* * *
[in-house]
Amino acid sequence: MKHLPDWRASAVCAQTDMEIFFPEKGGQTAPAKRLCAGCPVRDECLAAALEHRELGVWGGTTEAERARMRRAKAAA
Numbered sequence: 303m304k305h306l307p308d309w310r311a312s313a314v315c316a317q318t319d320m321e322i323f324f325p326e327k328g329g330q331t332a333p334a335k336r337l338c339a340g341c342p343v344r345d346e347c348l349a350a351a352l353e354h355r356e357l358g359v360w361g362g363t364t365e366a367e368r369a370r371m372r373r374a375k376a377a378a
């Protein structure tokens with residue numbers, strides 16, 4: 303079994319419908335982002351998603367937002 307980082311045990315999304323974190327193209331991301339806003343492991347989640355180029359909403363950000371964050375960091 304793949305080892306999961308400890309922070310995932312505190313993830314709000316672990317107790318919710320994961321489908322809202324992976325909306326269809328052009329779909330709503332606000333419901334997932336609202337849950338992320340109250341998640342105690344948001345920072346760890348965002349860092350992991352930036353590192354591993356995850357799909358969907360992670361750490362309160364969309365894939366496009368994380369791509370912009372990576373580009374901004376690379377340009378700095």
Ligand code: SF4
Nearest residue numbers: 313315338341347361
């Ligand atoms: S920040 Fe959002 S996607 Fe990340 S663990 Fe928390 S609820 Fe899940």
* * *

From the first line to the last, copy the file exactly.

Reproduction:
[in-house]
Amino acid sequence: MKHLPDWRASAVCAQTDMEIFFPEKGGQTAPAKRLCAGCPVRDECLAAALEHRELGVWGGTTEAERARMRRAKAAA
Numbered sequence: 303m304k305h306l307p308d309w310r311a312s313a314v315c316a317q318t319d320m321e322i323f324f325p326e327k328g329g330q331t332a333p334a335k336r337l338c339a340g341c342p343v344r345d346e347c348l349a350a351a352l353e354h355r356e357l358g359v360w361g362g363t364t365e366a367e368r369a370r371m372r373r374a375k376a377a378a
């Protein structure tokens with residue numbers, strides 16, 4: 303079994319419908335982002351998603367937002 307980082311045990315999304323974190327193209331991301339806003343492991347989640355180029359909403363950000371964050375960091 304793949305080892306999961308400890309922070310995932312505190313993830314709000316672990317107790318919710320994961321489908322809202324992976325909306326269809328052009329779909330709503332606000333419901334997932336609202337849950338992320340109250341998640342105690344948001345920072346760890348965002349860092350992991352930036353590192354591993356995850357799909358969907360992670361750490362309160364969309365894939366496009368994380369791509370912009372990576373580009374901004376690379377340009378700095």
Ligand code: SF4
Nearest residue numbers: 313315338341347361
């Ligand atoms: S920040 Fe959002 S996607 Fe990340 S663990 Fe928390 S609820 Fe899940």